We took another short 32 minute flight on Hawaiian Airlines to the Big Island, also known as Hawaii. We landed at the Kona airport which felt like a true Hawaiian airport with its no windows or walls design. The Big Island is really an island of contrasts with Kona on one side and Hilo on the other. Kona is a major beach resort area with less than ten inches of rain a year. Hilo is the largest city on the island and tropical with more than 150 inches of rain annually. The total population of the island is around 185,000.
The Big Island is the biggest island with 4,028 miles, twice the size of all the other Hawaiian islands combined, and most importantly, it is still growing!! It is the youngest of all the islands, estimated to be about 800,000 years old. This is the most volcanic of all the islands, with Kilauea near Hilo being the world’s most active volcano. kilauea has been sending rivers of lava since January 1983, adding more real estate to the island every day. It is also an island seeped in history. It is the birthplace and deathplace of King Kamehameha, a great king who united all the Hawaiian Islands under his rule. He died in 1819.
British Captain James Cook, after exploring in 1778 the islands of Kauai and Oahu, arrived on the Big Island in 1779. At first, thinking Cook was perhaps a god, the natives welcomed him with great feasts. After discovering he was in fact not a god, they became hostile. Cook and four of his men died on the Big Island during a battle. A small bronze plaque at the north end of Kealakekua Bay marks the spot of his death. Cook’s countrymen erected a 27-foot memorial near the plaque to honor him.
This time we rented a Mustang convertible to use during our nine days on the island. It was about a 30 minute drive to our condo in Kona. Once again the condo was very nice and we could see a cruise ship parked in the distance with tender boats taking passengers to shore as well as hang gliders soaring over the water.
One day we drove to Mauna Kea which is the tallest of Hawaii’s volcanoes and in fact the tallest island mountain in the world, measuring 33,476 feet from its base on the ocean floor. Mauna Kea at 13,796 feet is the highest point in the state of Hawaii. Mauna Kea means “white mountain” in Hawaiian and is named that because of the white snow that covers its slopes. We drove to the Visitors Center there at 9,000 feet but did not drive to the summit because a four wheel drive is needed to get there. At the top of the summit is world’s largest observatory for optical, infrared, and submillimeter astronomy. Thirteen working telescopes, capable of tracking stars and galaxies 13 billion light years away.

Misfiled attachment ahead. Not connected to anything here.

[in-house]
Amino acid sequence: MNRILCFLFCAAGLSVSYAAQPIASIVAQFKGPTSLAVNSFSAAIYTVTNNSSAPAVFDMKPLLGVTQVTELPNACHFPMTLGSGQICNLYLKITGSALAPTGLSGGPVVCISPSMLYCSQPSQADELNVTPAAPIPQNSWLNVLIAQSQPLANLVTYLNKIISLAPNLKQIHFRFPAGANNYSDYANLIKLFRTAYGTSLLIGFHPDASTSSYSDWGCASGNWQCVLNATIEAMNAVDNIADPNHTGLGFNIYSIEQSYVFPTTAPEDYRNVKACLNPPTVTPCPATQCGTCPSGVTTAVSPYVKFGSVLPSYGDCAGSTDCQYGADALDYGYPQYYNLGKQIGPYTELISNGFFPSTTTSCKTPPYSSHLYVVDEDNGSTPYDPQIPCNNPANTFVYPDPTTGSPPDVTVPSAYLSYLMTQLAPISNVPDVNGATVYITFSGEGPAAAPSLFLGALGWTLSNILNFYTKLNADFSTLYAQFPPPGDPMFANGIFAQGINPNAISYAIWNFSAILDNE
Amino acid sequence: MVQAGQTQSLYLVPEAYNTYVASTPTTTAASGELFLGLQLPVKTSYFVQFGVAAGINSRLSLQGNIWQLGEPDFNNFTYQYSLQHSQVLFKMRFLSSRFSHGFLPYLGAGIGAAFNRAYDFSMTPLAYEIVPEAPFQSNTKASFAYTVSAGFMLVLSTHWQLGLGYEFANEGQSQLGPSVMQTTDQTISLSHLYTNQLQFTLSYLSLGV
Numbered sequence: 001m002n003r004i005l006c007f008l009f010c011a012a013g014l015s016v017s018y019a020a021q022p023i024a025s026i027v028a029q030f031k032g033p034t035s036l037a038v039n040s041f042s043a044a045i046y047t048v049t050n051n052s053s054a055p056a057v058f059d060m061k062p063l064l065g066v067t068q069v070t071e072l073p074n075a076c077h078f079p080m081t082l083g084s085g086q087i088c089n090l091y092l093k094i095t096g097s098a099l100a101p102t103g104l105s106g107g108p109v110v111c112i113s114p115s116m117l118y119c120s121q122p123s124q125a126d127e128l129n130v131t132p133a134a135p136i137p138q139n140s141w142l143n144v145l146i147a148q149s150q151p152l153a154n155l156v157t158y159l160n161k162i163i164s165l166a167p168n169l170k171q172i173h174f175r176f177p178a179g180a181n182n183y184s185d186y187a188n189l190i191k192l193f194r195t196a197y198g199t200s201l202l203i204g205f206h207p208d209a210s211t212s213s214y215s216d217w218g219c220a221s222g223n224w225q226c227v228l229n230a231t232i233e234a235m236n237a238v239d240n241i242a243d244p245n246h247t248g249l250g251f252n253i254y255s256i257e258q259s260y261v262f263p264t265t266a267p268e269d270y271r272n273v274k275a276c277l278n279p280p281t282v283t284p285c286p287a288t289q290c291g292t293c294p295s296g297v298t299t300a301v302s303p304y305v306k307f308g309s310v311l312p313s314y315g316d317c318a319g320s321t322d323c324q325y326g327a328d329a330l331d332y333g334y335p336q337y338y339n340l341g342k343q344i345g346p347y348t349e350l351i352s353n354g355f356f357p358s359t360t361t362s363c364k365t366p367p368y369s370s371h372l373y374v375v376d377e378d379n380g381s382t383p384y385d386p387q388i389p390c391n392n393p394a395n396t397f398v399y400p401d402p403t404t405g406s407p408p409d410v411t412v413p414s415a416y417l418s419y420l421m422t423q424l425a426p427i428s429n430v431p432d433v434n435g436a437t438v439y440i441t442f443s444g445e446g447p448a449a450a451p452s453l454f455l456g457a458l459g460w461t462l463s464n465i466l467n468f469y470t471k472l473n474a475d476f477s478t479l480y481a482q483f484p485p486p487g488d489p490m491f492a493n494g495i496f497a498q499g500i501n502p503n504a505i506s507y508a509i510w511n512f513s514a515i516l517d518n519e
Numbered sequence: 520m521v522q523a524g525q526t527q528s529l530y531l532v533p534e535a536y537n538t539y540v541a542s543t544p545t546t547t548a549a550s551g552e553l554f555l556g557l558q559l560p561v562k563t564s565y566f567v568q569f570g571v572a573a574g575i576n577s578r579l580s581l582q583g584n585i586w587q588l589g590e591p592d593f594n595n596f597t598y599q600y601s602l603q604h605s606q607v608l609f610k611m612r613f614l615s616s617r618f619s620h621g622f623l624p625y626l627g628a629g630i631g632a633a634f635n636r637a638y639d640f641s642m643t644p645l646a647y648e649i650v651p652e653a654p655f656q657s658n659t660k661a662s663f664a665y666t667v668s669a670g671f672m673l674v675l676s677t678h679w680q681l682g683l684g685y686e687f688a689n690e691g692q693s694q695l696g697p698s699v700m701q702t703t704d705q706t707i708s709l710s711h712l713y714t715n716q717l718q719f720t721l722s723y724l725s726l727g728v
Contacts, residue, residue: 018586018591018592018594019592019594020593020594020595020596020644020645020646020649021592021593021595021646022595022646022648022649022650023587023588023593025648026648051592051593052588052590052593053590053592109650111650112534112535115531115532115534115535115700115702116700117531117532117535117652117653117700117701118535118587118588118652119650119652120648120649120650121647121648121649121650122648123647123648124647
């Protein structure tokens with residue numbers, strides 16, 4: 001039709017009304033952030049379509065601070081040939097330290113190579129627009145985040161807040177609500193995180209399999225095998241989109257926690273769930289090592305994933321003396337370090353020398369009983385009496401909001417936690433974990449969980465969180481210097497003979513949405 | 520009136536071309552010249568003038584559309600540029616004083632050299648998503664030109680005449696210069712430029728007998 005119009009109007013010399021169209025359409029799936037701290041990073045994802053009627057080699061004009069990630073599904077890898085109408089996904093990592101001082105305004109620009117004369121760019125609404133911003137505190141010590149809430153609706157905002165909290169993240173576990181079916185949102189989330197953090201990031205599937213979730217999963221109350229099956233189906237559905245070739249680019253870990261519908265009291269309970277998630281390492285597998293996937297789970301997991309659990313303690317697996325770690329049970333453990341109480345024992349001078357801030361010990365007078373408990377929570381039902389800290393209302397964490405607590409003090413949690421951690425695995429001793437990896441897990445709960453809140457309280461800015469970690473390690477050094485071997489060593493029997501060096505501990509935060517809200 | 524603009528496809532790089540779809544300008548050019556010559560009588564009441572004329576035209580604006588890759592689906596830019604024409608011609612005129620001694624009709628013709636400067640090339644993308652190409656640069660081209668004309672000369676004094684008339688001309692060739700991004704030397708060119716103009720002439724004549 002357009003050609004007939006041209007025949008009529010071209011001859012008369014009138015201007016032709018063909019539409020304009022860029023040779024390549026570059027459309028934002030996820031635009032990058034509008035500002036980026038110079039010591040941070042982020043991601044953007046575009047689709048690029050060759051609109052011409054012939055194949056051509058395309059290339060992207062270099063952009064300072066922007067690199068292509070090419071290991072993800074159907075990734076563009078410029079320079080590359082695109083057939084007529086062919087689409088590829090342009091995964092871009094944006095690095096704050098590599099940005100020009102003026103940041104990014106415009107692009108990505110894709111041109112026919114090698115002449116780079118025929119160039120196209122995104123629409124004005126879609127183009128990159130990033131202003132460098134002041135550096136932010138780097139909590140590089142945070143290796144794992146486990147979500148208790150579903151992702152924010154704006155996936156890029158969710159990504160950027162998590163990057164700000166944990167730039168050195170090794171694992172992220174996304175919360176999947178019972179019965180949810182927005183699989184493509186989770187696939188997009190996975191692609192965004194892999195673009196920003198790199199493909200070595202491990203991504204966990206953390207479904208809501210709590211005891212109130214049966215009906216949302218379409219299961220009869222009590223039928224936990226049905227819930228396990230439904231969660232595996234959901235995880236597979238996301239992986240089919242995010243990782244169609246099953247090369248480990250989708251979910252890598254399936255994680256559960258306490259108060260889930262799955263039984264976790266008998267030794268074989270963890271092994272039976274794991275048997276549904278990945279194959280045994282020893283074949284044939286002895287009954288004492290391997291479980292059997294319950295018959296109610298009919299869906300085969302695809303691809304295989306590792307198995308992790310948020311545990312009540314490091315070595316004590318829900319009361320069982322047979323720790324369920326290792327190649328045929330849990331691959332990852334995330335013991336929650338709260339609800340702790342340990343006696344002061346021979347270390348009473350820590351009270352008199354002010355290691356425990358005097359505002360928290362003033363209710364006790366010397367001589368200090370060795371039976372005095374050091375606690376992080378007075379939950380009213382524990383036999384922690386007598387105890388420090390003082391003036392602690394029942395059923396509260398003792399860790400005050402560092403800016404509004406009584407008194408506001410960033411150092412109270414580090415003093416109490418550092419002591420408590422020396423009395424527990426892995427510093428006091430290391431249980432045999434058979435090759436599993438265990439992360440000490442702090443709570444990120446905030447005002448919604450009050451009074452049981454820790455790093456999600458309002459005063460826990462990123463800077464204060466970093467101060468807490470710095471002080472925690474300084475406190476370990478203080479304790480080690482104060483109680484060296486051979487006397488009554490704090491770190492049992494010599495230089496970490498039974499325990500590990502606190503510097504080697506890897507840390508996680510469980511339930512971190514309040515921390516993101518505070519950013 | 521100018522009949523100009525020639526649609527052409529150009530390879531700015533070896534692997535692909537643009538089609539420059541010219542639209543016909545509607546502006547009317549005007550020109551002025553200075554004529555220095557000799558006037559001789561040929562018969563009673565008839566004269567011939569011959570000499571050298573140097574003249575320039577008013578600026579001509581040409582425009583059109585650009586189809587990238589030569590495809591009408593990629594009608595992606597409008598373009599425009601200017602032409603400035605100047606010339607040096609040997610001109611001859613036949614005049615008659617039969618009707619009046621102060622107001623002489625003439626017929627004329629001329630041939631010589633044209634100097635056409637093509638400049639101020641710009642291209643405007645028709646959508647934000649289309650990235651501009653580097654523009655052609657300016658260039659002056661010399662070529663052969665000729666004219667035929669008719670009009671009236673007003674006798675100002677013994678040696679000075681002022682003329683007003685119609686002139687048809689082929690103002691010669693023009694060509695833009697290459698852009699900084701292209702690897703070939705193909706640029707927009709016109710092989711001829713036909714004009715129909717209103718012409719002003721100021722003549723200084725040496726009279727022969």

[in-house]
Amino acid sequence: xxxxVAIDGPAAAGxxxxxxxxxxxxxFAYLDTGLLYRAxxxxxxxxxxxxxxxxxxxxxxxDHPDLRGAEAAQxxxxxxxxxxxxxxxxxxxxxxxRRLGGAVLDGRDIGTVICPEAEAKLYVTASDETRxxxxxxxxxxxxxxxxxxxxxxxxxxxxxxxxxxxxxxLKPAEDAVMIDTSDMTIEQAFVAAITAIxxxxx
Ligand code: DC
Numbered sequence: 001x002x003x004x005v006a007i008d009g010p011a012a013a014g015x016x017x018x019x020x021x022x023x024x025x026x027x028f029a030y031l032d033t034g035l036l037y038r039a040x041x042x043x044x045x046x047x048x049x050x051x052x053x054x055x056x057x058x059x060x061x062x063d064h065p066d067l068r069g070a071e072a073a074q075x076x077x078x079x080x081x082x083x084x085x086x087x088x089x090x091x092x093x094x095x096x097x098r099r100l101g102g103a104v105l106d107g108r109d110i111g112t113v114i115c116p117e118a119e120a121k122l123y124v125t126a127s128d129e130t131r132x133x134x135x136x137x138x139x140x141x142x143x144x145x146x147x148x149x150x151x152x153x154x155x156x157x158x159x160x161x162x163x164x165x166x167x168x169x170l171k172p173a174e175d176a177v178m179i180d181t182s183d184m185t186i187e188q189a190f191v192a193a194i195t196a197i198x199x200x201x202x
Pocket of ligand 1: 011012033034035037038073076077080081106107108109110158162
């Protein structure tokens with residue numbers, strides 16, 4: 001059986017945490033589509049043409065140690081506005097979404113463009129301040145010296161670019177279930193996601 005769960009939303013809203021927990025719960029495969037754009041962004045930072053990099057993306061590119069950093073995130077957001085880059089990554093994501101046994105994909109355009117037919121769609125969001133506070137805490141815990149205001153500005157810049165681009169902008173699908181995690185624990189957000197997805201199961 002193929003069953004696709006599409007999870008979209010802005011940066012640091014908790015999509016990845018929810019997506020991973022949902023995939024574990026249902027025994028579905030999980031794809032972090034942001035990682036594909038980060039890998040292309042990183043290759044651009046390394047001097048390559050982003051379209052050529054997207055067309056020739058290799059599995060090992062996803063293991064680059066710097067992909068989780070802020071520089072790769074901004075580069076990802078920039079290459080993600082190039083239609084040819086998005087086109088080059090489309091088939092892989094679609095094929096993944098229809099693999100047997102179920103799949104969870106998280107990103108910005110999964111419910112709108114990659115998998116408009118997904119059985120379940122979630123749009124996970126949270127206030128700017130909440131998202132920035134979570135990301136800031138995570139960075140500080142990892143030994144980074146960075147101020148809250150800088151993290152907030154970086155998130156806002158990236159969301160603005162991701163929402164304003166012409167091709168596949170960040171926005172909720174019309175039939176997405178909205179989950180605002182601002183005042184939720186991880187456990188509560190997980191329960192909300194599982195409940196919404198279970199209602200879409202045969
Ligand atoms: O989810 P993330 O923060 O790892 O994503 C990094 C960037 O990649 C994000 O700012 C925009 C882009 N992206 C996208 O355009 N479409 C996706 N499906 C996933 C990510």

Okay this is where it can get confusing. The Big Island also has the world’s largest most massive mountain called Mauna Loa which also is a volcano. So Mauna Kea is the world’s tallest sea mountain and Mauna Loa is the world’s most massive.
Mauna Loa, which means “Long Mountain”, was built by innumerable lava flows. It is the world’s largest active volcano and spreads over half of the island. From sea level it is 13,680 feet in height but has a base of 30,080 feet! One of the more voluminous flows in recent history began in 1950. This massive eruption amounted to about 600 million cubic yards of lava, enough to pave a four lane highway 4.5 times around the world. How neat is that!!!
On the way back we stopped and looked for a geocache hidden among the lava fields. It was amazing to walk on the lava and finding this geocache turned out to be quite a challenge. Everywhere we looked on the Big Island there were amazing fields of lava.
While on Kona we continued celebrating Bill’s birthday by attending a luau. We watched as they uncovered the pig which had been roasting all day underground. We sat next to a very nice couple from Utah and enjoyed talking with them during dinner. The after dinner show was quite entertaining with Hawaiian native dancers and a fire dancer.